Evaluating Self-Perceived Benefits of Credentials in the Building Design and Construction Community: CPC, LEED-AP, and DBIA
accreditation, certification, construction education, credential
Previous research in the building design and construction community has examined the benefits of gaining individual certifications but no research has been found that evaluates multiple certifications in the same industry. The purpose of this research was to determine if statistically significant differences existed between the self-perceived value of the Certified Professional Constructor (CPC) certification, the Leadership in Energy and Efficient Design Accredited Professional (LEED-AP) accreditation, and the Design Build Institute of America's Design-Builder designation (DBIA). Researchers evaluated the results of three previously completed surveys. The researchers were able to analyze 203 out of 527 (39%) responses from CPCs, 9,060 out of 46,332 (22%) responses from LEED-APs, and 155 of 631 (24.5%) responses from DBIAs. A one-way analysis of variance (ANOVA) was utilized to determine whether statistically significant differences existed between the three groups mean scores on eight impact questions. Results indicated statistically signifigant (0.05 alpha) difference between the groups on seven questions. On five of these seven questions, the mean scores for CPCs were significantly lower than LEED-APs and DBIAs. These results may be used by the credentialing organizations to measure their competitiveness and by those seeking certification to identify the potential benefits of certification.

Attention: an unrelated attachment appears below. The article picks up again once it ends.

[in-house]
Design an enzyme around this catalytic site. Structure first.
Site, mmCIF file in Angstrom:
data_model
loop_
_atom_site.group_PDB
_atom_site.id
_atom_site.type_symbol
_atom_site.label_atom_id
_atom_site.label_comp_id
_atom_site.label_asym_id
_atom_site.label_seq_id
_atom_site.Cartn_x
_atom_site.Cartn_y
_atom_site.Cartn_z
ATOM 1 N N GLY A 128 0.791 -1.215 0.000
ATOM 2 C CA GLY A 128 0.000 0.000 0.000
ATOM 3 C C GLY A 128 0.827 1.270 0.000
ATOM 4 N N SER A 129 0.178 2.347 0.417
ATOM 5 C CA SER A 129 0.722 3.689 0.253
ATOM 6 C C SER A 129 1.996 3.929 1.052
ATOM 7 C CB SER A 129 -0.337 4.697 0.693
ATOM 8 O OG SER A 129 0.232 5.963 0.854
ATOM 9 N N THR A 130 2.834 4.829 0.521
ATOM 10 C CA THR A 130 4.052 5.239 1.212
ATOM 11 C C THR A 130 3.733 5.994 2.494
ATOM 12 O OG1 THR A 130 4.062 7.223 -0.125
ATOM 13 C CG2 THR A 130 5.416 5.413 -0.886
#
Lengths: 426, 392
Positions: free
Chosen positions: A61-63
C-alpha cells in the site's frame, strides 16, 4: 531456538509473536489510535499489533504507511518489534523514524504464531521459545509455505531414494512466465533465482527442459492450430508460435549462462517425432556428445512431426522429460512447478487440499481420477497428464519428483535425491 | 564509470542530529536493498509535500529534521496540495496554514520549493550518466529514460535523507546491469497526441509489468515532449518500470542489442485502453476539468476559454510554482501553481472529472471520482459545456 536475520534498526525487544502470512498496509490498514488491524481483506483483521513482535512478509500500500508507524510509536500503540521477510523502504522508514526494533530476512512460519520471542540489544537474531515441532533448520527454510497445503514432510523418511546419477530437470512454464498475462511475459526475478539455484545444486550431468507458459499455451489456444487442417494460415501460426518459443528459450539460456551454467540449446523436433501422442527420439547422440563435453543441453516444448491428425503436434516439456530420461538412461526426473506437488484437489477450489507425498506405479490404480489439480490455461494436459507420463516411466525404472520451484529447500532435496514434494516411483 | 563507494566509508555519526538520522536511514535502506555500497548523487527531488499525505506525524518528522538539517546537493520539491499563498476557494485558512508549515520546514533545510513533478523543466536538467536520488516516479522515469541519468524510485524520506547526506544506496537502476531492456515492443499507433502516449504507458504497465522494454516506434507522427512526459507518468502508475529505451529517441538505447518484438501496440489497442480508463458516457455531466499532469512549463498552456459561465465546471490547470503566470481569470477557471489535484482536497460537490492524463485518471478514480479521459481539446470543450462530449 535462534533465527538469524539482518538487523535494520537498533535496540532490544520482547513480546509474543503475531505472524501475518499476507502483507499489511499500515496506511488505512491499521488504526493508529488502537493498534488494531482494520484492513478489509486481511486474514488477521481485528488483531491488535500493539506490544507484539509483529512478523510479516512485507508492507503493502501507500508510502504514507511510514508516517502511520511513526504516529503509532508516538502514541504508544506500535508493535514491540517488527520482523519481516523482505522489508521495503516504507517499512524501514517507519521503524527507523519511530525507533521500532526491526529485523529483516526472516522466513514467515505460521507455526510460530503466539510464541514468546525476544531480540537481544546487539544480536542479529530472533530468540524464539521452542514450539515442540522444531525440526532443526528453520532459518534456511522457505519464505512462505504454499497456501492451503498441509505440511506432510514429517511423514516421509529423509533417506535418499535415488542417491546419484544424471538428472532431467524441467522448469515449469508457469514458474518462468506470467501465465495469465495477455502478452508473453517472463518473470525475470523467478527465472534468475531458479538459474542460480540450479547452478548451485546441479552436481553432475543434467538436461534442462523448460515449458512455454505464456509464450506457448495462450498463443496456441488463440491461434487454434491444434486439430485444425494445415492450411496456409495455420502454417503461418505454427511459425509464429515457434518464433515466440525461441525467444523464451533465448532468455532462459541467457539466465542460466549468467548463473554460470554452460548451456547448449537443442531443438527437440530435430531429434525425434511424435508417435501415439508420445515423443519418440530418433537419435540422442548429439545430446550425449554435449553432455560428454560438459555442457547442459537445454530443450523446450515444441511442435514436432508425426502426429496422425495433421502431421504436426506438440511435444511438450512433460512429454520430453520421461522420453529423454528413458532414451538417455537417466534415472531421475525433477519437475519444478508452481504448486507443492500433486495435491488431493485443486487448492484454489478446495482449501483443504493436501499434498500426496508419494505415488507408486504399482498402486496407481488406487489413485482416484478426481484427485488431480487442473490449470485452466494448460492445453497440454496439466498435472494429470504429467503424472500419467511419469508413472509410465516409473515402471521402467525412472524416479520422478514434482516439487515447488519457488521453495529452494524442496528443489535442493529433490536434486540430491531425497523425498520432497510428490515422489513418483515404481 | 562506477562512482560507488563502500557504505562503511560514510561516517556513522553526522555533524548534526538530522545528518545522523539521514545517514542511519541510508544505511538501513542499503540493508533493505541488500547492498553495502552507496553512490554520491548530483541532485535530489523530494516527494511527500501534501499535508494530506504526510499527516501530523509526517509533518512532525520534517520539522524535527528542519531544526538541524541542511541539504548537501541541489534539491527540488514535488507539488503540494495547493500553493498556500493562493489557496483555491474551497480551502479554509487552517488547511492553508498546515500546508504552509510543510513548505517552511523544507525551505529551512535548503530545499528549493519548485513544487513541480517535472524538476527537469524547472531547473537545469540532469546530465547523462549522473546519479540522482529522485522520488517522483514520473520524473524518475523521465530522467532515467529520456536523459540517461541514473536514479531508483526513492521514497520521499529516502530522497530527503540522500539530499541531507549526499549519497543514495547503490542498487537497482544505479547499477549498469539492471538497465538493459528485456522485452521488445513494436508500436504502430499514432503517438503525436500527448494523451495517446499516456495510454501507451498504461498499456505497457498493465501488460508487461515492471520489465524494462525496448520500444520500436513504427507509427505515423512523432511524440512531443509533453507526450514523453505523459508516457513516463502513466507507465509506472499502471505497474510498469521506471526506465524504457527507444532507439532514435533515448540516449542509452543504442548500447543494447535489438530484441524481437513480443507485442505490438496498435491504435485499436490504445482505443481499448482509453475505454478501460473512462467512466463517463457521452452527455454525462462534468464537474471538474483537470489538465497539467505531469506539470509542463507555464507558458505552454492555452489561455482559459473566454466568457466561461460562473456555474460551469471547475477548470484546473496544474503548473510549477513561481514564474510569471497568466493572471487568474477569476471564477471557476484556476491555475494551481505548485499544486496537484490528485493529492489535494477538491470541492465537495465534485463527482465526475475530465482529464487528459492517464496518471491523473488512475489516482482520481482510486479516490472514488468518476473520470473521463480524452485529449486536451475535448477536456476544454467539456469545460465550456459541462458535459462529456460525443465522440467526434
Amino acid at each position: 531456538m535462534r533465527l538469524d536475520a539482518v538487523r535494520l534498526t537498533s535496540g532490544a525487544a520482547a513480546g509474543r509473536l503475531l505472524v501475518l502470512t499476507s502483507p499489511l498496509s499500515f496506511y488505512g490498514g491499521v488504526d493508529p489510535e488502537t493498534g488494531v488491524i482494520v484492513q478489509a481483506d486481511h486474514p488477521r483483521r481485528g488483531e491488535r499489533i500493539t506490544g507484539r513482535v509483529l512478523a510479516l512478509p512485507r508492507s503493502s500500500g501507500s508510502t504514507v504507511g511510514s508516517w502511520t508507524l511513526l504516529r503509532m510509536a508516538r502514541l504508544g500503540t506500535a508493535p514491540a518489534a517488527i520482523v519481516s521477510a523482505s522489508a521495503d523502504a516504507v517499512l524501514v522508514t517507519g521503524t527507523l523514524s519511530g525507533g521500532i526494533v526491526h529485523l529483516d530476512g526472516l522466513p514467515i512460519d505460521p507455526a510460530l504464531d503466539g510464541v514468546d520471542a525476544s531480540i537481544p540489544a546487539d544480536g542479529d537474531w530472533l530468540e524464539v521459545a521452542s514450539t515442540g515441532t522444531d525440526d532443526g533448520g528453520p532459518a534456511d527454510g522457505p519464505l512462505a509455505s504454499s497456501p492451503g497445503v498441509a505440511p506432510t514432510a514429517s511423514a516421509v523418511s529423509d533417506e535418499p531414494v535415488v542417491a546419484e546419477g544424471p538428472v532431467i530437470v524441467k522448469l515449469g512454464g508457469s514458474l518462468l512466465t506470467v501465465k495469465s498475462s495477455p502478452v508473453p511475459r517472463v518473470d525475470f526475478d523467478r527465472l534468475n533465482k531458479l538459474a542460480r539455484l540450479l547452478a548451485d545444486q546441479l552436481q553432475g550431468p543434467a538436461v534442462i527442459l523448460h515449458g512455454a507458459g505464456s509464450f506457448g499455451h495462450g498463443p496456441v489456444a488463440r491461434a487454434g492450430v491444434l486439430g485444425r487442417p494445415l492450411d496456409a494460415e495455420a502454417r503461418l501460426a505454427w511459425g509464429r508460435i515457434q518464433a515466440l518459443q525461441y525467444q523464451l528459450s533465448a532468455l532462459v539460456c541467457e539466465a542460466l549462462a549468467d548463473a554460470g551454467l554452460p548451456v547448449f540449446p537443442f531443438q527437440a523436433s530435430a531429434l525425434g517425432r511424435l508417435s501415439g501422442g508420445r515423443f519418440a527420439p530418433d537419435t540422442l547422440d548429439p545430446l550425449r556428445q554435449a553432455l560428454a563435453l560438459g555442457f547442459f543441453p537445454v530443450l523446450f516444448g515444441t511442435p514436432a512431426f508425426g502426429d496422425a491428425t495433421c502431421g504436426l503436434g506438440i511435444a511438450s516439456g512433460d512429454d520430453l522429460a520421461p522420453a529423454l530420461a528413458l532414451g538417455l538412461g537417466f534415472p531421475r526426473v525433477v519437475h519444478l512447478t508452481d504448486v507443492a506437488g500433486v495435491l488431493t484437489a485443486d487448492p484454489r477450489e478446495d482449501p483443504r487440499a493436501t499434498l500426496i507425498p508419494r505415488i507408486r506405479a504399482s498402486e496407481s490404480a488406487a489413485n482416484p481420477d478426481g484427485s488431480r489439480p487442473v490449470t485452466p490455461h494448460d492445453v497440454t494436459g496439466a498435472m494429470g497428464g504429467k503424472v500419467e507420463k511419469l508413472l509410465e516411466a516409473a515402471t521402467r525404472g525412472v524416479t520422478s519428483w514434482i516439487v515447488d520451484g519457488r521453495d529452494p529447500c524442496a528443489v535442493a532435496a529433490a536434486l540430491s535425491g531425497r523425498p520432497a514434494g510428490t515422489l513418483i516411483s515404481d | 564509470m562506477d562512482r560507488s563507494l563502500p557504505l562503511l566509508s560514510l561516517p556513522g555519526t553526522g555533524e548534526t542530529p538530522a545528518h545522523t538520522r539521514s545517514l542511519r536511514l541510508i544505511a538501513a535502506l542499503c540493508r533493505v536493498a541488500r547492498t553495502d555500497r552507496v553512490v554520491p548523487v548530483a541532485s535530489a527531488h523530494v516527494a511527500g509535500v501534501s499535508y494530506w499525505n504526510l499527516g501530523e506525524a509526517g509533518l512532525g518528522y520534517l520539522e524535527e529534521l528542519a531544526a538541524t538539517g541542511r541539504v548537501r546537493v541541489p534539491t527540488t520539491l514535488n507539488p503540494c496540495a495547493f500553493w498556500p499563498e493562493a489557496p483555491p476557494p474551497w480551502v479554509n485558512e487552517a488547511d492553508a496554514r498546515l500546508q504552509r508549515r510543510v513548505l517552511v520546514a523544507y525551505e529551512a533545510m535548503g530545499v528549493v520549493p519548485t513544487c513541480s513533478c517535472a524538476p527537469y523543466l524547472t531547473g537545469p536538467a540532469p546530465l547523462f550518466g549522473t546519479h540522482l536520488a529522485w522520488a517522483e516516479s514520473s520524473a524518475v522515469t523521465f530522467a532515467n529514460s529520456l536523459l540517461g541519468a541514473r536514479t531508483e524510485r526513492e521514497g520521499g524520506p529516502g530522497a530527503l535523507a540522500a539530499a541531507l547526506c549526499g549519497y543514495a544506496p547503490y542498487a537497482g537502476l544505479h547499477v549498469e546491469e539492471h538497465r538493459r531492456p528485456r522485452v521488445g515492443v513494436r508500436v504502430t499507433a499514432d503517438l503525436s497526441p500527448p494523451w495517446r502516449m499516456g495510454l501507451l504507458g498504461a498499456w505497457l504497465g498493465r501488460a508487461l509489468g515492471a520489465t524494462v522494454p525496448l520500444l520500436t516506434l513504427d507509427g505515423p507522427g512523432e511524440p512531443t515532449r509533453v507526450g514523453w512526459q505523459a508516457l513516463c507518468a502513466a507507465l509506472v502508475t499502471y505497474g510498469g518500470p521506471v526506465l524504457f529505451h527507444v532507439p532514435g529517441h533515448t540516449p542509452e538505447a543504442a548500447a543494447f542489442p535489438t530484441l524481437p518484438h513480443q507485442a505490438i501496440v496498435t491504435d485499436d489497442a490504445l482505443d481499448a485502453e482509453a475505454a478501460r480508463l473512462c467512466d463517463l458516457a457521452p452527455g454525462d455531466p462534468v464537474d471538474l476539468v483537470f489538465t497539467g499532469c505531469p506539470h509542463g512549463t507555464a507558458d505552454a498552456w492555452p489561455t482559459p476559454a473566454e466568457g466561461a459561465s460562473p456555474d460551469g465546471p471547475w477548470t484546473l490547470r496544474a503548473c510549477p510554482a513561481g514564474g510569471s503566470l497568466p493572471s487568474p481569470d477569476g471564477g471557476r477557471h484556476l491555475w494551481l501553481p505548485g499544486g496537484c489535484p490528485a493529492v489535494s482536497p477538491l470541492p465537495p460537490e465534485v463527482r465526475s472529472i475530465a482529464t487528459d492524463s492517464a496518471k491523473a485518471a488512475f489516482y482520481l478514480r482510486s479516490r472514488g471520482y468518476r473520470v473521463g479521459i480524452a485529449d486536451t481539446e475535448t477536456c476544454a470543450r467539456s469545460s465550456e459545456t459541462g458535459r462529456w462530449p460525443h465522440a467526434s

Bruce, Richard D., Richard J. Gebken, and Shawn D. Strong. "Evaluating self-perceived benefits of credentials in the building design and construction community: CPC, LEED-AP, and DBIA." International Journal of Construction Education and Research 6, no. 3 (2010): 165-178.
DOI for the article
Technology and Construction Management